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Plum/Oakmont

Pivik Elementary students dream up designs for new playground

Michael DiVittorio
| Friday, July 20, 2018, 11:12 a.m.
It was a blast at Pivik Elementary KaBoom Design Day.
The afternoon, Thursday, July 19, started with a site walk for parents and kids and ended with the kids designing their dream playground. Pivik was recently the recipient of a Build with KaBoom grant. Trevor Walling, 9, and his brother Wyatt, 7, work on building a model of the playground as they invision it.  Lillian DeDomenic  |  For The Tribune Review
It was a blast at Pivik Elementary KaBoom Design Day. The afternoon, Thursday, July 19, started with a site walk for parents and kids and ended with the kids designing their dream playground. Pivik was recently the recipient of a Build with KaBoom grant. Trevor Walling, 9, and his brother Wyatt, 7, work on building a model of the playground as they invision it. Lillian DeDomenic | For The Tribune Review
It was a blast at Pivik Elementary KaBoom Design Day.
The afternoon, Thursday, July 19, started with a site walk for parents and kids and ended with the kids designing their dream playground. Pivik was recently the recipient of a Build with KaBoom grant.  Scott The Builder, aka Scott Reider with Habitat for Humanity, a partner in the project, talks to the eager designers on the actual site. Lillian DeDomenic  |  For The Tribune Review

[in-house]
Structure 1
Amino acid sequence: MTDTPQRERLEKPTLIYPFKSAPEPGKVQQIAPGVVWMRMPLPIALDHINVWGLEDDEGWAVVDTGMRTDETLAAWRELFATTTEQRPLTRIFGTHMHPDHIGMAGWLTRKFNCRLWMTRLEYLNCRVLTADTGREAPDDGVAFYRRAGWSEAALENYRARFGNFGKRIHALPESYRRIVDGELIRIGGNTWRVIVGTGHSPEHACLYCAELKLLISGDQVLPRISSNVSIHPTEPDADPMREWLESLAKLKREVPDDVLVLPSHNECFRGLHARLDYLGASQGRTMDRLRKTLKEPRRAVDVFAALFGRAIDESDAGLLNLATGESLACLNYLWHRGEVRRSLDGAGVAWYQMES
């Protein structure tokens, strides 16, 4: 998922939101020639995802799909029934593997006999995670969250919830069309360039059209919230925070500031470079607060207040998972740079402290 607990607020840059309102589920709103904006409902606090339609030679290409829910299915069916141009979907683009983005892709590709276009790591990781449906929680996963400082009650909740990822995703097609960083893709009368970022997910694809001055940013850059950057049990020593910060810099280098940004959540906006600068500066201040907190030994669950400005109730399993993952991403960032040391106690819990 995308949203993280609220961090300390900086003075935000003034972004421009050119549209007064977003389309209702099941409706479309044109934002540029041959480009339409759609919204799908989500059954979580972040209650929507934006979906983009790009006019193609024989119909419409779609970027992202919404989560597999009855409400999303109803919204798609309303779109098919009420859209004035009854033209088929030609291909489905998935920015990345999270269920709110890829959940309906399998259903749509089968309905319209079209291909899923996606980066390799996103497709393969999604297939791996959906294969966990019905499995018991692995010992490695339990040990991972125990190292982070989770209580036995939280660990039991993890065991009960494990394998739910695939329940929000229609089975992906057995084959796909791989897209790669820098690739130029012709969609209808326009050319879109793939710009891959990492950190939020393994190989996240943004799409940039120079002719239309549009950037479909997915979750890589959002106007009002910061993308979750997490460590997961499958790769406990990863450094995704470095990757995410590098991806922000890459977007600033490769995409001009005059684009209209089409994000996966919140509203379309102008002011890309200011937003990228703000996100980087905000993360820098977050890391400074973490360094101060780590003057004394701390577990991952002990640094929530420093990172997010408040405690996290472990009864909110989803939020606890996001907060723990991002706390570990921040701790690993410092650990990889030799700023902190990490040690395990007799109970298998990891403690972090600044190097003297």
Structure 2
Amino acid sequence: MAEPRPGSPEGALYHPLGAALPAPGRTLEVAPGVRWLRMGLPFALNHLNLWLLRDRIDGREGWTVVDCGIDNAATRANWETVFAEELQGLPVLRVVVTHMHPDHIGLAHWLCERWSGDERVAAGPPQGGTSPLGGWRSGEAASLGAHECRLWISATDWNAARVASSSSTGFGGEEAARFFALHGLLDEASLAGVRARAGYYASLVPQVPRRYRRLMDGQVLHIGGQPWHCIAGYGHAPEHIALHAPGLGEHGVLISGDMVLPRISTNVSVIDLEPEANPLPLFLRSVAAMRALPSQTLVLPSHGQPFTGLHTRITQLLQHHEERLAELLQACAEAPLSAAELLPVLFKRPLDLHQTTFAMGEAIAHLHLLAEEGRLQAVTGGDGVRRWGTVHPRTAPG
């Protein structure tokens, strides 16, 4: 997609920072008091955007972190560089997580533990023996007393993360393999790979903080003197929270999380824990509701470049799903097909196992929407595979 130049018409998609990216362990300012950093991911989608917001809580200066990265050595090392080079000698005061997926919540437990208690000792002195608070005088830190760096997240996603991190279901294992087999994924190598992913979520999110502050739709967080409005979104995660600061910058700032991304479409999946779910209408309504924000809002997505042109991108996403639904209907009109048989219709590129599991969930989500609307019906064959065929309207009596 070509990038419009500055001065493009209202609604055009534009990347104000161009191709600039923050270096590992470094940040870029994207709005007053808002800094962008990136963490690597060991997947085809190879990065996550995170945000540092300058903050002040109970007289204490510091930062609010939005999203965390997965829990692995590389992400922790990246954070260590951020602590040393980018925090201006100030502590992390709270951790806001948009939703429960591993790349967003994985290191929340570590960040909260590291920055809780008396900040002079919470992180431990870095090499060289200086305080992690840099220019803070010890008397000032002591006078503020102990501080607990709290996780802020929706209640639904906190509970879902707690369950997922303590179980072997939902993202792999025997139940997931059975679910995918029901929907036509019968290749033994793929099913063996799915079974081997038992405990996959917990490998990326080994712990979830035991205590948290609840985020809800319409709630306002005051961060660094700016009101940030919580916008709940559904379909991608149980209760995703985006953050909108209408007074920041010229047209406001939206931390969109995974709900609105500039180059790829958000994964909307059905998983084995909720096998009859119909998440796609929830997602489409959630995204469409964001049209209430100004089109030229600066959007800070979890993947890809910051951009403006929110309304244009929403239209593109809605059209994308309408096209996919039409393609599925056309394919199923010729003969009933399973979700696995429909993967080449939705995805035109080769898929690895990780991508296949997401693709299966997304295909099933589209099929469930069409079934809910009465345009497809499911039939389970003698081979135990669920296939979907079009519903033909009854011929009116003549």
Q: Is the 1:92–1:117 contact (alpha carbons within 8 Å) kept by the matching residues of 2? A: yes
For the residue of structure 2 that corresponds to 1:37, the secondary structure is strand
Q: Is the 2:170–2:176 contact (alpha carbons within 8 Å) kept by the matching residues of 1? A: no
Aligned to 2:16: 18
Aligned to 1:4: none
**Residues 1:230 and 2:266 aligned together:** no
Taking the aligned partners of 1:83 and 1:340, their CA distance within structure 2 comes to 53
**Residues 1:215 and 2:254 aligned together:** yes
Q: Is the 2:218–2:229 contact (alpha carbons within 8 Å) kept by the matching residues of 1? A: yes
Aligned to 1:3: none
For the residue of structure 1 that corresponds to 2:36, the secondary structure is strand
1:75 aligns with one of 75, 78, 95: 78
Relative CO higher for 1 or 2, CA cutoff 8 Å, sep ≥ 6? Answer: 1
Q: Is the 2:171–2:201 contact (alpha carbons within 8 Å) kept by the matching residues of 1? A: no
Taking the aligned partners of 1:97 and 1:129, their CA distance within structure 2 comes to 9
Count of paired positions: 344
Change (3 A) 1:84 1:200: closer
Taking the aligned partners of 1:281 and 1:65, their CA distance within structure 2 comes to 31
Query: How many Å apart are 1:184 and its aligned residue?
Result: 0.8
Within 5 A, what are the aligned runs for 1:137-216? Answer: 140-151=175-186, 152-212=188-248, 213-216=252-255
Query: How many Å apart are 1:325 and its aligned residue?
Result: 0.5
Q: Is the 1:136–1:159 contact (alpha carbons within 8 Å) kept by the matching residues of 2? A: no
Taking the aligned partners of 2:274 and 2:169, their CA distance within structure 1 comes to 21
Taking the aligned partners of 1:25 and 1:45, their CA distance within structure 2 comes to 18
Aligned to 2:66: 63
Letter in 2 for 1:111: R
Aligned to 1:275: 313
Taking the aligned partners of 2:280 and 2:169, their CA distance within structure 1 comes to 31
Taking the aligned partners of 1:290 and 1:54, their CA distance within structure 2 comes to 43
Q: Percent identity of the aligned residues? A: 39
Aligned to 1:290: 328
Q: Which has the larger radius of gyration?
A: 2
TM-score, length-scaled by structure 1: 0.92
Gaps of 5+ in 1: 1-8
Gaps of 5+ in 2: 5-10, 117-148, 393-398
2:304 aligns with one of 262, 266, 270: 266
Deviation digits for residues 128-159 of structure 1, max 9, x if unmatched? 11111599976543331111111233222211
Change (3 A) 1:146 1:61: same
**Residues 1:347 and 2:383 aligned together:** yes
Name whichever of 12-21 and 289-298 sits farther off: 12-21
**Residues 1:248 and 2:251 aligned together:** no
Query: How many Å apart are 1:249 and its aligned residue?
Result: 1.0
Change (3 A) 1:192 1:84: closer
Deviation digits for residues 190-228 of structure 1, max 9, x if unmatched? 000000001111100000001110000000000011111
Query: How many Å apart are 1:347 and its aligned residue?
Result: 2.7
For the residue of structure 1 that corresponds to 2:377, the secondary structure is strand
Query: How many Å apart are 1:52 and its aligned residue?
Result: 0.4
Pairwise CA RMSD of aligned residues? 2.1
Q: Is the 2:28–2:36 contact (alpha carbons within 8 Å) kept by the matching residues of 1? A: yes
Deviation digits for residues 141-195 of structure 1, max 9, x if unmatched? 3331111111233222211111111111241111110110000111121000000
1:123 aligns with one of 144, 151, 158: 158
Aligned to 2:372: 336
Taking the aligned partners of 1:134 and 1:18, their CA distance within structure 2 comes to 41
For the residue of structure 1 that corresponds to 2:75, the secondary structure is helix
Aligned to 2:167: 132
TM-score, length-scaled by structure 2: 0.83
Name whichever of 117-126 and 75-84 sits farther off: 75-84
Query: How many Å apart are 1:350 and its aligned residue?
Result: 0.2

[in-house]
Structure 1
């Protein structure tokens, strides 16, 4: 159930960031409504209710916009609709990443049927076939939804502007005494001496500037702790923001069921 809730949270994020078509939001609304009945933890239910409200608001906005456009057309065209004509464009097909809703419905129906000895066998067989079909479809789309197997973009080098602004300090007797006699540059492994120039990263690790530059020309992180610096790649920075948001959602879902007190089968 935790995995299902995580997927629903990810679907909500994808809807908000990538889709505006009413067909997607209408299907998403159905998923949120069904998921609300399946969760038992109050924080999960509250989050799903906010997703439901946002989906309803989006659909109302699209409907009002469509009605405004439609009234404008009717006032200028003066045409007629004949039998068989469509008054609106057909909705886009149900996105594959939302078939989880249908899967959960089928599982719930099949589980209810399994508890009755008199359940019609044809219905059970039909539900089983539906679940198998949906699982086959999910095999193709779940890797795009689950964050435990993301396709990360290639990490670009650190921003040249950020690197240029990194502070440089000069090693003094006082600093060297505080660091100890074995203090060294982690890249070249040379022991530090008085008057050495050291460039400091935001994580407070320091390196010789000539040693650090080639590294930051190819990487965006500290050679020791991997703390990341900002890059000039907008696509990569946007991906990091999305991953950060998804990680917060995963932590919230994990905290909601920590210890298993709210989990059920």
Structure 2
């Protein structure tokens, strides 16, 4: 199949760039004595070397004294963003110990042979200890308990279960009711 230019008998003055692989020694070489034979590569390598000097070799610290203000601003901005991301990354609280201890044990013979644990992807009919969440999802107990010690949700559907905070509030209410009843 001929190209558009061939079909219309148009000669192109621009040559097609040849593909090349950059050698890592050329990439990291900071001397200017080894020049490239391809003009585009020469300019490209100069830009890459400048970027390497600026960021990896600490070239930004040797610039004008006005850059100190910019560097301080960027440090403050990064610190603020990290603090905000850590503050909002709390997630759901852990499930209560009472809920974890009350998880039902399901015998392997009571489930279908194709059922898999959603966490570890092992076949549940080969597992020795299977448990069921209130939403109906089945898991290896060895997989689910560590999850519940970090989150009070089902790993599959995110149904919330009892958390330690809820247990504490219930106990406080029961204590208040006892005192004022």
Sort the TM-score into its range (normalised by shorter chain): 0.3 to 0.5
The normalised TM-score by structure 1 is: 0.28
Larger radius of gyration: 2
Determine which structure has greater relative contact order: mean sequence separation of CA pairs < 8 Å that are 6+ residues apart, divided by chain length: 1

It was a blast at Pivik Elementary KaBoom Design Day. The afternoon, Thursday, July 19, started with a site walk for parents and kids and ended with the kids designing their dream playground. Pivik was recently the recipient of a Build with KaBoom grant. Scott The Builder, aka Scott Reider with Habitat for Humanity, a partner in the project, talks to the eager designers on the actual site. Lillian DeDomenic | For The Tribune Review
It was a blast at Pivik Elementary KaBoom Design Day.
The afternoon, Thursday, July 19, started with a site walk for parents and kids and ended with the kids designing their dream playground. Pivik was recently the recipient of a Build with KaBoom grant.  Jack Bonura, 5, puts pen to paper and begins designing his dream playground.  Lillian DeDomenic  |  For The Tribune Review
It was a blast at Pivik Elementary KaBoom Design Day. The afternoon, Thursday, July 19, started with a site walk for parents and kids and ended with the kids designing their dream playground. Pivik was recently the recipient of a Build with KaBoom grant. Jack Bonura, 5, puts pen to paper and begins designing his dream playground. Lillian DeDomenic | For The Tribune Review